Tuesday, August 19, 2014

Indo-Pak relations: Modi reverts to hawkish stance

Peace efforts with Pakistan have again fallen flat. The goodwill generated by Prime Minister Narendra Modi’s gesture of inviting his Pakistani counterpart Nawaz Sharif to his swearing-in in May have been lost. 

True, the dispute with Pakistan became a major preoccupation of the Indian Ministry of External Affairs and also the foreign policy engine room, the Prime Minister’s Office (PMO). 
Now, that occupational hazard has caught up with Narendra Modi, and he needs to walk the talk – either ways. India has cancelled the Foreign Secretary level talks scheduled for August 25 after Pakistani High Commissioner to India, Abdul Basit openly called Kashmiri separatist leaders like Shabbir Shah for consultations ahead of scheduled talks.
Peace with Pakistan has been among the top cherished wishes of Indian diplomatic leadership. In fact, New Delhi has never hesitated from taking the first step or running the important extra mile in its efforts to establish peace with that country braving several hurdles and domestic politics.

It was this spirit which saw in the 1990s, the then Prime Minister Atal Bihari Vajpayee making a bus trip across the border to Lahore. The similar gesture was shown more than once when Dr Manmohan Singh described his the then Pakistani counterpart Syed Yousuf Raza Gilani as a ‘man of peace’.

With the latest developments, the South Asian brotherhood juggernaut created by Prime Minister Modi when he invited all SAARC nation heads to his swearing in has also been defeated.

Close on the heels of envoy Basit’s meeting with separatist leaders as Congress and other opposition parties mounted pressure on Prime Minister Modi, India's foreign secretary Sujatha Singh on Monday summoned the Pakistani envoy and said "that Pakistan's continued efforts to interfere in India's internal affairs were unacceptable". 

"Under the present circumstances, it is felt that no useful purpose will be served" by a meeting between the two sides.

Predictably Pakistan has termed the episode unfortunate while Kashmiri separatists perhaps stunned by Ministry of External Affairs hawkish stance have been stating that even during Vajpayee regime such parleys between them (separatists) and Pakistani envoy had taken place in the past. But India has changed over last 14-15 years and especially under him, Modi would like to give the impression he will continue to call shots.

The pro-Modi government plea is powers within Pakistan did not approve of talks making progress between two Prime Ministers Nawaz Sharif and Narendra Modi. None other than Modi’s trusted lieutenant and country’s Defence Minister Arun Jaitley himself has said that “powers within” Pakistan disapproved of normal ties with India.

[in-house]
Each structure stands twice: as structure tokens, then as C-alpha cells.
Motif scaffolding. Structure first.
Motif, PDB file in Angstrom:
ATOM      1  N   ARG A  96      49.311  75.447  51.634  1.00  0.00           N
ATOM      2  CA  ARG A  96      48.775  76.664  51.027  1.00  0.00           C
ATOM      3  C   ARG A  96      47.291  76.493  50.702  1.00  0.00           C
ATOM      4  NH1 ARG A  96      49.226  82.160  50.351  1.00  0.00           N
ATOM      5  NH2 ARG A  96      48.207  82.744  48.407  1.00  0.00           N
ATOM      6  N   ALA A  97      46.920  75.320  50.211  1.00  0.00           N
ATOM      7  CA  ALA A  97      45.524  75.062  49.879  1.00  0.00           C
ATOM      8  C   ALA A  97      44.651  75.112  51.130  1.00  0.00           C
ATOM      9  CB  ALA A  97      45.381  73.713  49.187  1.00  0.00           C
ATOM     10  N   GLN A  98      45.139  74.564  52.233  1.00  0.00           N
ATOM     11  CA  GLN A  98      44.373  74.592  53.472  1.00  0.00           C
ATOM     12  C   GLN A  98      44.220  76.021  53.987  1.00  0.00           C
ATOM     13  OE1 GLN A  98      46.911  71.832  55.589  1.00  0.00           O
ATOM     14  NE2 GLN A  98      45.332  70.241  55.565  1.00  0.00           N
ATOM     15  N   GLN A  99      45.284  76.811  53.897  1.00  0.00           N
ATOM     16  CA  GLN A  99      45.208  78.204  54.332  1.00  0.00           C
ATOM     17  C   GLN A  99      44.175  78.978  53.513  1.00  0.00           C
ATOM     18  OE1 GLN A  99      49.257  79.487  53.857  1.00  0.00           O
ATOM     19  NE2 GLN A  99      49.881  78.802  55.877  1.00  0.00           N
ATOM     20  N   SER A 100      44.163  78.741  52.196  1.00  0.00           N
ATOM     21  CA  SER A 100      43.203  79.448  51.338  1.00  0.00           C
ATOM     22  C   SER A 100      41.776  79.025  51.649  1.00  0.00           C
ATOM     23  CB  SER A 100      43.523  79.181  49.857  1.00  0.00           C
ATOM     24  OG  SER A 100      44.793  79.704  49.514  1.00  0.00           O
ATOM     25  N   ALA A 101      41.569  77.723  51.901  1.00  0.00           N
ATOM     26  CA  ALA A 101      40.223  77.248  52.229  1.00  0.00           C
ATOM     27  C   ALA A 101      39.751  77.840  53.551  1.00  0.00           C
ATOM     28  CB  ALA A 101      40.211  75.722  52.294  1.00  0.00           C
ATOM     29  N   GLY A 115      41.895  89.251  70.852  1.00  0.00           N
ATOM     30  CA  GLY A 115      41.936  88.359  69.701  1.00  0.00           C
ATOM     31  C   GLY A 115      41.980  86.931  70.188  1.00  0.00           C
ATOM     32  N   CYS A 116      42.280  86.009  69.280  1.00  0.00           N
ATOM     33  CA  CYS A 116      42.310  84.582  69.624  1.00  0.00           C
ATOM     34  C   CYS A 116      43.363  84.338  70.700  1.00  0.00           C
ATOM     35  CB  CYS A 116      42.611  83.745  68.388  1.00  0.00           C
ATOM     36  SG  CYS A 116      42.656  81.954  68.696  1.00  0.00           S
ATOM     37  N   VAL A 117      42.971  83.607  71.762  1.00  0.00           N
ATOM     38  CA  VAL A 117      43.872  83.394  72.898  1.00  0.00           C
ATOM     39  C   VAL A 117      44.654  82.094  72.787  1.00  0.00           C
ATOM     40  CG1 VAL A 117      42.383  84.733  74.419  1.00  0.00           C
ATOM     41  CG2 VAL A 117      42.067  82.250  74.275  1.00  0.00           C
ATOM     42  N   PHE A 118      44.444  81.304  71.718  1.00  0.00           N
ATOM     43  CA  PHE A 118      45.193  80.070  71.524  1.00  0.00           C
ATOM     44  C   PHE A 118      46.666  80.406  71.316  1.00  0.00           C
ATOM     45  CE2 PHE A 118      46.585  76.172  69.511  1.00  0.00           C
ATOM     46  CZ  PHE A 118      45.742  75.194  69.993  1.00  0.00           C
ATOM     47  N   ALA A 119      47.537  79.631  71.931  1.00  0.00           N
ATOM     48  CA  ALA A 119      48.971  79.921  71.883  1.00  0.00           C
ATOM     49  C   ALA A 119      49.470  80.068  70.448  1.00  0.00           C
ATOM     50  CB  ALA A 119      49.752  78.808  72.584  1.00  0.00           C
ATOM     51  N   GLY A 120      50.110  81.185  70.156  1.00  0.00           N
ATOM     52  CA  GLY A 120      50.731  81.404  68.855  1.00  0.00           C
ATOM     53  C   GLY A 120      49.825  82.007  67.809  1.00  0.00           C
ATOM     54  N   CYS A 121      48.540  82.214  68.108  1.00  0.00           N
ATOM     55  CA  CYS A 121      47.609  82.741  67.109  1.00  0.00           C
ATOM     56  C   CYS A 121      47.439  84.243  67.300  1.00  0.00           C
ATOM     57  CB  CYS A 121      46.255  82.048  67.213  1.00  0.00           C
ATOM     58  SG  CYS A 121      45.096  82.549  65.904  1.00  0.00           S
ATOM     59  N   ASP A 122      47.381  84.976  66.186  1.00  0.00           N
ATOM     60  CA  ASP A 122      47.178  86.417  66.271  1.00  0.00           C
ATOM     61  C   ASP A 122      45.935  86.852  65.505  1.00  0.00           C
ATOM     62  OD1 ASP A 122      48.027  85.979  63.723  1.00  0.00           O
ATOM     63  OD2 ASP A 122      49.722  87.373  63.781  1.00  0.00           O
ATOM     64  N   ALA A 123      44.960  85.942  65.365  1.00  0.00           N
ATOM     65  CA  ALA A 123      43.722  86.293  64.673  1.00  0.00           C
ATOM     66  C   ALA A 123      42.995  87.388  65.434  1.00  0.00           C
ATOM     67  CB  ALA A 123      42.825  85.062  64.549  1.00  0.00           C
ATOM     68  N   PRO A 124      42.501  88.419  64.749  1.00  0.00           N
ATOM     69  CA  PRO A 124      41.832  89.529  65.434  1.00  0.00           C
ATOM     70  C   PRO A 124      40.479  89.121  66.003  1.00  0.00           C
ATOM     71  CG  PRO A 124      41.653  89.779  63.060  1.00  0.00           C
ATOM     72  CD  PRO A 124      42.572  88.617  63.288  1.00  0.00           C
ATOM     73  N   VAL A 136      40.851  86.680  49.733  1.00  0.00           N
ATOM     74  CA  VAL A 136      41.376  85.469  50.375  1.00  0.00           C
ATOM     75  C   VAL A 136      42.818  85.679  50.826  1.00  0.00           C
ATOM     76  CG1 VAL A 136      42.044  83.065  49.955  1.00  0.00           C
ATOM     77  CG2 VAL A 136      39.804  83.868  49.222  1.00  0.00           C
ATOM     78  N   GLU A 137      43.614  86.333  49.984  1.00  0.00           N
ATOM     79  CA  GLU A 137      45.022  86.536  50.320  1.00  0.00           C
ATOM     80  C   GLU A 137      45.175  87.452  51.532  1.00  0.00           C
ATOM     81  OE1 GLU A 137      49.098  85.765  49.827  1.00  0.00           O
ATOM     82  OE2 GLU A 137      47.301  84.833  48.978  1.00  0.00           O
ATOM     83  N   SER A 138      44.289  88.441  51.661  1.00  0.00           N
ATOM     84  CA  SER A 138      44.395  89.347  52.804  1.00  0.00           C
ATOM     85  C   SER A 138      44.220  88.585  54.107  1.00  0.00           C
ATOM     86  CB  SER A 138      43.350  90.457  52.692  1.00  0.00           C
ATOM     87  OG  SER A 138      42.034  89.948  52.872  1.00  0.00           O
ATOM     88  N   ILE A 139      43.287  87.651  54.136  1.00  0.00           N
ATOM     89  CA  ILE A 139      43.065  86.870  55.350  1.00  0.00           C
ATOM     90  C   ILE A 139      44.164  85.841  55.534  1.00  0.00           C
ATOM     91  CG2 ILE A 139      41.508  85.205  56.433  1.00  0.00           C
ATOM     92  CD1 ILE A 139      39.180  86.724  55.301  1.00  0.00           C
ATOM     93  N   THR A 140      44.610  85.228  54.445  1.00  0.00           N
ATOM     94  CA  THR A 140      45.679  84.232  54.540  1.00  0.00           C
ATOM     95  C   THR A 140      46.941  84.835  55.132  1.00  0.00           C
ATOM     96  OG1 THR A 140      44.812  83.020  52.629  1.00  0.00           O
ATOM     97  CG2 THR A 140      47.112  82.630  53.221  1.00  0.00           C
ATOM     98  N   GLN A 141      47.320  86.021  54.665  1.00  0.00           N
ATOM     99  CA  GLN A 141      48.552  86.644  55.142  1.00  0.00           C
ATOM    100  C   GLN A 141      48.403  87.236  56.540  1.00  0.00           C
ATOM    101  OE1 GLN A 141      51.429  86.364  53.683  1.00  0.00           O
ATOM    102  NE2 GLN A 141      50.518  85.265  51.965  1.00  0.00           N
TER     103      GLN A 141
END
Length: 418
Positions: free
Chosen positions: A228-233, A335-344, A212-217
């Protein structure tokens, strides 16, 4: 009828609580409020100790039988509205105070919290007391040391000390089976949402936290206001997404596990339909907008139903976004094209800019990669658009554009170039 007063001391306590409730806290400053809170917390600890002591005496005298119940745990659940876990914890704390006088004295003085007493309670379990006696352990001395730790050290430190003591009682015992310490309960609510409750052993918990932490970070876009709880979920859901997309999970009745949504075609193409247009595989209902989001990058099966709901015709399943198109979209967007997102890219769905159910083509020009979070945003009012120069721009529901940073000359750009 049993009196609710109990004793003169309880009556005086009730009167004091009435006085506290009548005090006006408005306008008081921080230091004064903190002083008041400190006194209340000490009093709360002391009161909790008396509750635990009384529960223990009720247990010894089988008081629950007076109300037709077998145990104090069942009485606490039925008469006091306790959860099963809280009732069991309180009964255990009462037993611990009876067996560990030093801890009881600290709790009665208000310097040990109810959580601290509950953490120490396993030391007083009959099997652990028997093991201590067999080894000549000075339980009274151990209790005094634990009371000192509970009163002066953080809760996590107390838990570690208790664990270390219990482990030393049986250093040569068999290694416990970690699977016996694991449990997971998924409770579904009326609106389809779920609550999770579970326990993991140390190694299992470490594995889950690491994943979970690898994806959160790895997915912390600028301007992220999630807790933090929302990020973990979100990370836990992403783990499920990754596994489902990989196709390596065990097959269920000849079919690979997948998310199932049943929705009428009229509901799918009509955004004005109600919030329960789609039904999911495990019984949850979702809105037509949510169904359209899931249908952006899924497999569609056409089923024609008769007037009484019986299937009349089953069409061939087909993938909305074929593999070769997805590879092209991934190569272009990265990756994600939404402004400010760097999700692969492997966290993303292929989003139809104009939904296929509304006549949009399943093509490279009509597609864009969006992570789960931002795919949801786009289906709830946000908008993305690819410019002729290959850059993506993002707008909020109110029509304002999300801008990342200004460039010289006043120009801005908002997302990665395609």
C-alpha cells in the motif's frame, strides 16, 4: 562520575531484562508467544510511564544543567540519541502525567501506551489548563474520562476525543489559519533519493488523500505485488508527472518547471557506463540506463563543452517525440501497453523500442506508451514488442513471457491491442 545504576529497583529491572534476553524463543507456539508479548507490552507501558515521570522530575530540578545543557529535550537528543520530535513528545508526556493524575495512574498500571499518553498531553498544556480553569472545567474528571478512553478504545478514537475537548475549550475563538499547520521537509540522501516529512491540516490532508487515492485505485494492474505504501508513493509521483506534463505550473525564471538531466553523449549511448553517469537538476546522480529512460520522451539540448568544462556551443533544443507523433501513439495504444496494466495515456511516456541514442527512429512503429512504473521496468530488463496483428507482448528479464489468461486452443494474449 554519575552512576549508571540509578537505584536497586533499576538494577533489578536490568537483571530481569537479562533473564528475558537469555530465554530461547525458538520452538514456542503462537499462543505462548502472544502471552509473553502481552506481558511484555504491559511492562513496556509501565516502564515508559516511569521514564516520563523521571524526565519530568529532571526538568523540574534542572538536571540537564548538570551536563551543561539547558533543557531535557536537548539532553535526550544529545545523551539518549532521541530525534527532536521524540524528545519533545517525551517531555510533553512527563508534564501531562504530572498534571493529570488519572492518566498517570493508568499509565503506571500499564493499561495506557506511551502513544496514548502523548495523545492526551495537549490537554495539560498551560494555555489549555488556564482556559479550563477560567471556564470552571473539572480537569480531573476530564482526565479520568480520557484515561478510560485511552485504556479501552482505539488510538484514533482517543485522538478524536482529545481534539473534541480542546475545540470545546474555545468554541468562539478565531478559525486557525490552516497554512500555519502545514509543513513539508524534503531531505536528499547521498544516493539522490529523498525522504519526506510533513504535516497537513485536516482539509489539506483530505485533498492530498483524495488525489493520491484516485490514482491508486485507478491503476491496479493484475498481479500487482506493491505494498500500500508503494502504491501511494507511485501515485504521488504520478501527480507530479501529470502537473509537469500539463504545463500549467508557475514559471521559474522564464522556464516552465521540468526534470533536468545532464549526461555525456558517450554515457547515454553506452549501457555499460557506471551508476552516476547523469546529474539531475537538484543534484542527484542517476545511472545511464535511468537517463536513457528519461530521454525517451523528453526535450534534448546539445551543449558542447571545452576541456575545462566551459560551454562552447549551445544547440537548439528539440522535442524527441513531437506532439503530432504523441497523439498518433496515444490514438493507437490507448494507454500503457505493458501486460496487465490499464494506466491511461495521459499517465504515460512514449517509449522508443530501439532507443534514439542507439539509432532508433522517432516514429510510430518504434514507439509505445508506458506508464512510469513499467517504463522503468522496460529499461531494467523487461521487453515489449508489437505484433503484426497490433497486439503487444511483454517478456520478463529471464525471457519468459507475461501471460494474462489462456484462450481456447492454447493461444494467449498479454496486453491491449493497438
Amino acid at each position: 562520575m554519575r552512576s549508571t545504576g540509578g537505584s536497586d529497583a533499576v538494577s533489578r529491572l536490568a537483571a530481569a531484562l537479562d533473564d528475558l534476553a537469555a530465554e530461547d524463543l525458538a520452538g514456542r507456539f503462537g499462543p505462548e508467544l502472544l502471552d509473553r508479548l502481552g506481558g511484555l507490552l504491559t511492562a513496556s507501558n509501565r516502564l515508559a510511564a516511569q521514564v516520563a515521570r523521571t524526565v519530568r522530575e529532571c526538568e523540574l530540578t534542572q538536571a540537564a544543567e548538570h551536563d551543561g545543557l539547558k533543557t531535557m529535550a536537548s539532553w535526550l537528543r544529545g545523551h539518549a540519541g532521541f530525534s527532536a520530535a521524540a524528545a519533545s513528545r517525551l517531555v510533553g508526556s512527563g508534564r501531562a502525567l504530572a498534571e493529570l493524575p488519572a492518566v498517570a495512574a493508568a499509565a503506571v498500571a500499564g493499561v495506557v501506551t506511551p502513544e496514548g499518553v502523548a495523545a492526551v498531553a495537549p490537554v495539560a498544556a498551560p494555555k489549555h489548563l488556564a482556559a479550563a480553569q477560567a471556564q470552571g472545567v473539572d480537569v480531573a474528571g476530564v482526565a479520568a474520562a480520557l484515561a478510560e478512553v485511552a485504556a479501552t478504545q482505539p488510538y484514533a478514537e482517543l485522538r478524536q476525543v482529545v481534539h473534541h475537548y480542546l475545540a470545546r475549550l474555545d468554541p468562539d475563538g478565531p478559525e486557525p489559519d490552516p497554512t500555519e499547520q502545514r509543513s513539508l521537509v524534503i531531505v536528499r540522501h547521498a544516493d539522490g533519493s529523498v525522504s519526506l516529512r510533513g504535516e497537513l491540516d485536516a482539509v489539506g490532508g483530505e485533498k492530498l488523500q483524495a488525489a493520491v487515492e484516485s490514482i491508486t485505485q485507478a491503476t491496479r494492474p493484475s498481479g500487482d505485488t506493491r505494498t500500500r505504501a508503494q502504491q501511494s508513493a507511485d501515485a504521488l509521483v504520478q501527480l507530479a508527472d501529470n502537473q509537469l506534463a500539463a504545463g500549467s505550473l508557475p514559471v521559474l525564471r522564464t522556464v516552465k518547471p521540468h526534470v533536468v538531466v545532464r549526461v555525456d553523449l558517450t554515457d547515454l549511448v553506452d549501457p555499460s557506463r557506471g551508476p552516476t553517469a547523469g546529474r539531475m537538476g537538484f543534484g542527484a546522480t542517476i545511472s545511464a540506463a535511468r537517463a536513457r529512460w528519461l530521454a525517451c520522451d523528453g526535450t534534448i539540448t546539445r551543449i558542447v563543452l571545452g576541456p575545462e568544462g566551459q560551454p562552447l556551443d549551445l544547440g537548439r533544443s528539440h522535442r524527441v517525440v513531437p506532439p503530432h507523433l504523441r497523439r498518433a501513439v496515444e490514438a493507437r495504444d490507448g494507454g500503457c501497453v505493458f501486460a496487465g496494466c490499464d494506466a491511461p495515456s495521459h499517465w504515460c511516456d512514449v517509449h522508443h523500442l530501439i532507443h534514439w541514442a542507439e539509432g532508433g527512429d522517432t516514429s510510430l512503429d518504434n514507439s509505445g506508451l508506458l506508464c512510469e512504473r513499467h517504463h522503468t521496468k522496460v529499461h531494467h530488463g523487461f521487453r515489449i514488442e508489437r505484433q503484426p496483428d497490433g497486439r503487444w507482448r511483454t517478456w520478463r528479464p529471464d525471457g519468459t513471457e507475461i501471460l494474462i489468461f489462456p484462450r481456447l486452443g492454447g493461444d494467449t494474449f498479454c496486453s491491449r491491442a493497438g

Snapping of Secretary level talks has brought doubts whether two Prime Ministers would meet on the sidelines of any other international meet.
Doubts have also surfaced over the trade ties and thus two prominent Indian business chambers CII and FICCI have urged both the countries to allow normal trade relations continue.

When India and Pakistan signed a liberalised visa agreement on September 8, 2012, in many quarters it was seen as a fructification of efforts of the lawmakers in both sides. The new pact replaces a 38-year-old restrictive visa agreement and will pave the way for greater people to people contacts and boost trade.
 Having said so, one must take note of the fact that the sudden hardliner stance from the Modi regime did not come all of a sudden.
In fact, during his recent visit to the trouble-torn Jammu and Kashmir, PM Modi himself raised the ‘proxy war’ bogey only to embarrass the Pakistani dispensation who termed it baseless rhetoric.

Was it deliberate on the part of Modi? His detractors are linking his proxy-war rhetoric and cancellation of formal parleys to by-elections in a number of states. Well, who would know the importance of elections better other than Modi?
It goes without saying that the relations between India and Pakistan, also a close ally of neighboring China, have a major impact on regional stability and thus developments like these – cancellation of talks – generate immense international interest.
In 2002, Modi had used his rhetoric against Pakistan and ‘Mia Musharraf’ as an electoral virtue; but in 2014 he is not a mofusil leader of ‘six crore (60million) Gujratis’.

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